BY MELISSA BURNS
Times, when the interaction between a teacher and his students was limited to the classroom, are long past – the Internet, social media and a variety of specialized tools have multiplied both methods and places for communication, efficiently erasing the boundaries of the school. Today teachers can reach out to their students wherever they are and whenever it is necessary, which brings about both new challenges and new opportunities.
1. Timely Updates and Information
Messengers like Remind or ClassDojo make the exchange of information between the teacher and the class easier, faster and more efficient. No longer can students say that they forgot to jot down the number of home exercise or didn’t know they have to write an essay by tomorrow’s morning – even if a student misses a class, the teacher can quickly send tomorrow’s homework to the entire class with a press of a button. In addition to that, it opens up an avenue for parent-teacher interaction – if the teacher notices that a student has specific problems, he has an easy way to discuss it with parents without having to find some time when they can talk personally.
2. Online Student Portfolios
A student portfolio is a woefully underused but extremely powerful assessment tool that seemingly acquired a second life through the massive emergence of online tools created specifically for that purpose. They allow students to build a narrative of their growth and development and, what’s most important, provide an audience capable of authentic and friendly feedback. Unlike standard blogging services, these tools are created for student use, which means no advertising, moderation capabilities to ensure students’ safety, and options for automatic collection of materials – this way portfolios will automatically build up across classes and throughout the learning process, documenting the student’s development in the course of time.
3. Video Conferencing
Video conferencing technology not just provides a basis for distance learning, but opens up a host of other opportunities. Such as personalized instruction for individual students, natural communication with classes from other schools and even nations, having students listen to real-time speeches given by well-known people and specialists in specific fields, remote field trips to places that otherwise cannot be realistically visited, and so on. Of course, even today many locations cannot boast of having sufficient bandwidth to maintain connection necessary for available video quality, but NBN efforts in this area let us hope that the situation is going to change pretty soon.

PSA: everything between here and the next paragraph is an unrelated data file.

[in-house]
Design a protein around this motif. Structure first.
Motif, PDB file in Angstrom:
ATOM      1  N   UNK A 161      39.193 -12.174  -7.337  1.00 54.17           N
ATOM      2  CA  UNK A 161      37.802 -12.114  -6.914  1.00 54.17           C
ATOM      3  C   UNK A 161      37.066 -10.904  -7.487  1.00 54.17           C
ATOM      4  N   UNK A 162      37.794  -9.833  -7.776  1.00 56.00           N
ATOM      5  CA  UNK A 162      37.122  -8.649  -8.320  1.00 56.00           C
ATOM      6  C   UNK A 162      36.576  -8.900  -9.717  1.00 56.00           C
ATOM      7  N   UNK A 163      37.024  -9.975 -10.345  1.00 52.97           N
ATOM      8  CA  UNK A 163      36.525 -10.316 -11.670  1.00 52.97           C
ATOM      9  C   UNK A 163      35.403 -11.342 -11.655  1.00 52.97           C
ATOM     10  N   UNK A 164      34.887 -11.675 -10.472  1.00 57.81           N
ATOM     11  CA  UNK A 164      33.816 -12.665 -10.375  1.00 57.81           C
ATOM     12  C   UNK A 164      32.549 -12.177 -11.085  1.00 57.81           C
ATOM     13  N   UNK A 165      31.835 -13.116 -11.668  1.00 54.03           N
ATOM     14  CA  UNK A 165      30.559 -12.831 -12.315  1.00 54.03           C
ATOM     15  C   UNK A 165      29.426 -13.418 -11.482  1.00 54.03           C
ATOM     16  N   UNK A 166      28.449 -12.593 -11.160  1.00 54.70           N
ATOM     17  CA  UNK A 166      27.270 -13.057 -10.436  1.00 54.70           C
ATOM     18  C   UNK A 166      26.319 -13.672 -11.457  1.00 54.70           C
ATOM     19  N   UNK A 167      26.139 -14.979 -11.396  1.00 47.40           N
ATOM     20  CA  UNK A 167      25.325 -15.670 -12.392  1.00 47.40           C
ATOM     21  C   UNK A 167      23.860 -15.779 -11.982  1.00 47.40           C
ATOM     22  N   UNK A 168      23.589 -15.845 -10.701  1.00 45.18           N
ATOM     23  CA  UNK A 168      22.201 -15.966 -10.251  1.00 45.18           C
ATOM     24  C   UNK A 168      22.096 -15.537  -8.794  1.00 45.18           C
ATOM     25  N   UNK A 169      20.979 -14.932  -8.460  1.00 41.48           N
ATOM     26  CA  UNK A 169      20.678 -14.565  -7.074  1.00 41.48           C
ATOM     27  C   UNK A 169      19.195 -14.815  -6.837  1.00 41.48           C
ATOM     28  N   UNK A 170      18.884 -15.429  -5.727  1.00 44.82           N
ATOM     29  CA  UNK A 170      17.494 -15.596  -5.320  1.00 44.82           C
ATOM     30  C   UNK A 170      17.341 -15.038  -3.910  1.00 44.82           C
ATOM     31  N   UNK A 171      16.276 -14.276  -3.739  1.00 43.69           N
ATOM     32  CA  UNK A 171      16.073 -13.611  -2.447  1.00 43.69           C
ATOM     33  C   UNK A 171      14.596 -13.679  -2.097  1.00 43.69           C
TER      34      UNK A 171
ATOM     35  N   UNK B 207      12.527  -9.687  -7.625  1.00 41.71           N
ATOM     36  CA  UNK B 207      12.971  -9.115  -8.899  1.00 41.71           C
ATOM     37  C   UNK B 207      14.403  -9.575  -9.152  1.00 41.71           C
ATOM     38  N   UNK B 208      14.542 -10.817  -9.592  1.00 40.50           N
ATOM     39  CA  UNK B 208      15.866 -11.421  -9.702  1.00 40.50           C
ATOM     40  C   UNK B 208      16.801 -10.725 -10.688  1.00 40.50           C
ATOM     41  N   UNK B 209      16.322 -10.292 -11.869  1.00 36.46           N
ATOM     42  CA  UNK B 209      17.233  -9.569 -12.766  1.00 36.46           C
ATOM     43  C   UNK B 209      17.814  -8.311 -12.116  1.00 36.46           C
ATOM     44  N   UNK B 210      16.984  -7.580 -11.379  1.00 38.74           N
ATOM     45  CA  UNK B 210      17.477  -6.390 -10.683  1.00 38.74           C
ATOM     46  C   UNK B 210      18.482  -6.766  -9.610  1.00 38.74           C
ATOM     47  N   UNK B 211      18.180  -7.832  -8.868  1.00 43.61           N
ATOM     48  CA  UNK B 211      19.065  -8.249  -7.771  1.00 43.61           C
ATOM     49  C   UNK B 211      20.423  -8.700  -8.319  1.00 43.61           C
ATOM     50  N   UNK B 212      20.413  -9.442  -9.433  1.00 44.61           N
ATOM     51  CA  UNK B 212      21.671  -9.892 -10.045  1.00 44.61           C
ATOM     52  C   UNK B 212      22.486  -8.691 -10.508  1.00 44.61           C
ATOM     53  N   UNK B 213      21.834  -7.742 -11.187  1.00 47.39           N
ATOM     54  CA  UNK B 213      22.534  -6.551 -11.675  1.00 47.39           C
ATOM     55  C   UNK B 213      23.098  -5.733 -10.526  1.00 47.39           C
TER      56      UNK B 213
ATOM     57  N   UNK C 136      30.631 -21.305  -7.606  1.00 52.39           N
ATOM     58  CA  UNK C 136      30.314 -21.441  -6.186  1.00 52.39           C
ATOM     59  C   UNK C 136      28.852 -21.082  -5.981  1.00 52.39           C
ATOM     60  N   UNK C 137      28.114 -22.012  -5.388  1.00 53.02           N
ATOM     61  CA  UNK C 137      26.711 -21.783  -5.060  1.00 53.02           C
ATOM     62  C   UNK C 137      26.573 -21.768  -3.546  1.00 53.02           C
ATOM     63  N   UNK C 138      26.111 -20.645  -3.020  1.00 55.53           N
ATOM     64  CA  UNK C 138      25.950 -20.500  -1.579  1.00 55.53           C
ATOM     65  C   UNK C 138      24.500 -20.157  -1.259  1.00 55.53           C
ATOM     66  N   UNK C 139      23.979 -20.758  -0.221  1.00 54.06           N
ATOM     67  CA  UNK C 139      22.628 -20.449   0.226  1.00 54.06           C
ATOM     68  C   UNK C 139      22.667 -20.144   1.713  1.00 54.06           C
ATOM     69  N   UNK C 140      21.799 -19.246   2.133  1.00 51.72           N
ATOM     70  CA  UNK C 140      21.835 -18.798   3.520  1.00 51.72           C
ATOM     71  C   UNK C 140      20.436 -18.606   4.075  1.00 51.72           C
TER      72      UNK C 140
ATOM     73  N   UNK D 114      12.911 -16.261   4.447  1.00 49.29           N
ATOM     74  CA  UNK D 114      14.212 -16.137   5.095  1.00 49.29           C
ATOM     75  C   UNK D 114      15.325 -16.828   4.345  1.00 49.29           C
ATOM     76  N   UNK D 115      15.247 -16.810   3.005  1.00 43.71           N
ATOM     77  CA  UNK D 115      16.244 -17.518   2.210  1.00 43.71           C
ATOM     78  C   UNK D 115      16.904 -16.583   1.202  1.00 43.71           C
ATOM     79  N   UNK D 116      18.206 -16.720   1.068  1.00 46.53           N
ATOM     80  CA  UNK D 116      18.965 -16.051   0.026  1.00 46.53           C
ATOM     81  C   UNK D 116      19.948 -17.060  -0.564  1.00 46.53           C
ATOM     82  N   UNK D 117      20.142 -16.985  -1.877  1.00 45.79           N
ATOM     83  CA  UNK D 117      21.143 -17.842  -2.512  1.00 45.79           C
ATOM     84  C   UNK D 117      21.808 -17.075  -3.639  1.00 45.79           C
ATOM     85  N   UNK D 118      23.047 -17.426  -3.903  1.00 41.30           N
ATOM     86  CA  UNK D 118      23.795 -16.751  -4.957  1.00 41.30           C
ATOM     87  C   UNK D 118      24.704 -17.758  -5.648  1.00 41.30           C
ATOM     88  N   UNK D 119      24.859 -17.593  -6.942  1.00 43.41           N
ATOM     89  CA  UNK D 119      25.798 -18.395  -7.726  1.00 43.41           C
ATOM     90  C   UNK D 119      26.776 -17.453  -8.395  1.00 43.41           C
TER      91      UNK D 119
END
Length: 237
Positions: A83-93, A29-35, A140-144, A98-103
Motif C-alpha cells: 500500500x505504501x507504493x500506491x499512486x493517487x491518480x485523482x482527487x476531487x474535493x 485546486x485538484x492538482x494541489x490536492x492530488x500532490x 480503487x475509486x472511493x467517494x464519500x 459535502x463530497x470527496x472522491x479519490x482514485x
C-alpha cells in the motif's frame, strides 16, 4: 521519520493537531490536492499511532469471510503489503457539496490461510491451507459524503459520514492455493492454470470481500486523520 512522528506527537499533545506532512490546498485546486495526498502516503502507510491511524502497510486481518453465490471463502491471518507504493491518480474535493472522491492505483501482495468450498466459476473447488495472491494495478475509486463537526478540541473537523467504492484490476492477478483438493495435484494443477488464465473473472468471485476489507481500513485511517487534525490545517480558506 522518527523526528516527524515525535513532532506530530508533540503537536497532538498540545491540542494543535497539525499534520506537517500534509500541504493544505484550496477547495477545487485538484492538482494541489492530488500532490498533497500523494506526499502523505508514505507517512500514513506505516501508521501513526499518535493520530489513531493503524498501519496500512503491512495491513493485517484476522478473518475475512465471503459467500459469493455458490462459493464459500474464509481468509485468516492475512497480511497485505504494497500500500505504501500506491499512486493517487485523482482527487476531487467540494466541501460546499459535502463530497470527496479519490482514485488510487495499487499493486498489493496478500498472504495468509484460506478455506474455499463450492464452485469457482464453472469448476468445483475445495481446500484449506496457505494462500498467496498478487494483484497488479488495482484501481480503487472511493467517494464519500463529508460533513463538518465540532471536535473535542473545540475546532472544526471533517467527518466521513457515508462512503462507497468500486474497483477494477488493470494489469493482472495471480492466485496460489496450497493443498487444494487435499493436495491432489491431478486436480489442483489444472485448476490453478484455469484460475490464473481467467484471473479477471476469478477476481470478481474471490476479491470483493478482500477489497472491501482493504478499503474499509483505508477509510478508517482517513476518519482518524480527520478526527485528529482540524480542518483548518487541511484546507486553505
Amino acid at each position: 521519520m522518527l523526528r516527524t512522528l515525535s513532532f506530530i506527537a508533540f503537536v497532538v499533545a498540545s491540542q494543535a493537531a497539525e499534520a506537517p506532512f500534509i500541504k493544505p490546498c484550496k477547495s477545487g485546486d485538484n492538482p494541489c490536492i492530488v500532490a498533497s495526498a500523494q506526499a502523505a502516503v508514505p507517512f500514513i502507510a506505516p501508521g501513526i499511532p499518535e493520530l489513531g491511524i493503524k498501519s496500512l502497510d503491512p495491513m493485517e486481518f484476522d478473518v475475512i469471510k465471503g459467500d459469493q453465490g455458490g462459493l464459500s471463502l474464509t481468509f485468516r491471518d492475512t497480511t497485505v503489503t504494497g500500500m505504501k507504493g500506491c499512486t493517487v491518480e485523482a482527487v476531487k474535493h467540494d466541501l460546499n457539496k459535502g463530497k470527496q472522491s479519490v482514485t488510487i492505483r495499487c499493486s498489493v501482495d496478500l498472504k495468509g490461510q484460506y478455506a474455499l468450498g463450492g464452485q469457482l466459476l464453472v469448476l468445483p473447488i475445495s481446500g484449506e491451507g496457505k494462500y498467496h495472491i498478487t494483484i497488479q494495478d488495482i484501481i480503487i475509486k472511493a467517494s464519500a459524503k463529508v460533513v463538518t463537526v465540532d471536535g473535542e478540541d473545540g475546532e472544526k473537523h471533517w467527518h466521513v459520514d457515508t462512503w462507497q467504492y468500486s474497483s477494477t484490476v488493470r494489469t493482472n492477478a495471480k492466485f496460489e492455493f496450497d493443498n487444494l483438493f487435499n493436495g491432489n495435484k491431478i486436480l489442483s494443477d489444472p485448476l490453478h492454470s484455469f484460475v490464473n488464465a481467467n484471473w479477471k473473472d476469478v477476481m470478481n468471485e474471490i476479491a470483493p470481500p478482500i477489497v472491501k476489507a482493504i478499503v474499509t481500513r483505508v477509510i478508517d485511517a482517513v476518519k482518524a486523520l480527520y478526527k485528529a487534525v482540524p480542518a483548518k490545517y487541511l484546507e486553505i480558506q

4. Engaging Teachers, Students, and Parents
Setting up a class blog using a tool like EduBlogs is an excellent way to establish closer connections both with students and their parents, engage them in meaningful conversations about learning and what each party has to pay more attention to. You can post with any frequency you feel comfortable with and have a universal tool anybody can use to voice their concerns.
5. Sharing Information across Community
Using tech in school doesn’t have to be limited to interactions with a single class or even an individual school. Consider using Edmodo – a service uniting millions of teachers, students and parents from all over the world, giving them an opportunity to share their experiences, learn new techniques, discuss topics of interest, ask questions and receive answers from those who encountered similar problems and managed to deal with them.
In the long run, the Internet quickly and successfully changes the nature of education – which is amazing, given the conservative nature of this industry. Earlier concerns speaking about possible depersonalization of education, as a result, seem to be unfounded – on the contrary, what we’ve seen so far shows massive possibilities for closer and more personalized connections between students, teachers, and parents.
Melissa Burns graduated from the faculty of Journalism of Iowa State University. Nowadays she is an entrepreneur and independent journalist. Follow her @melissaaburns or contact at firstname.lastname@example.org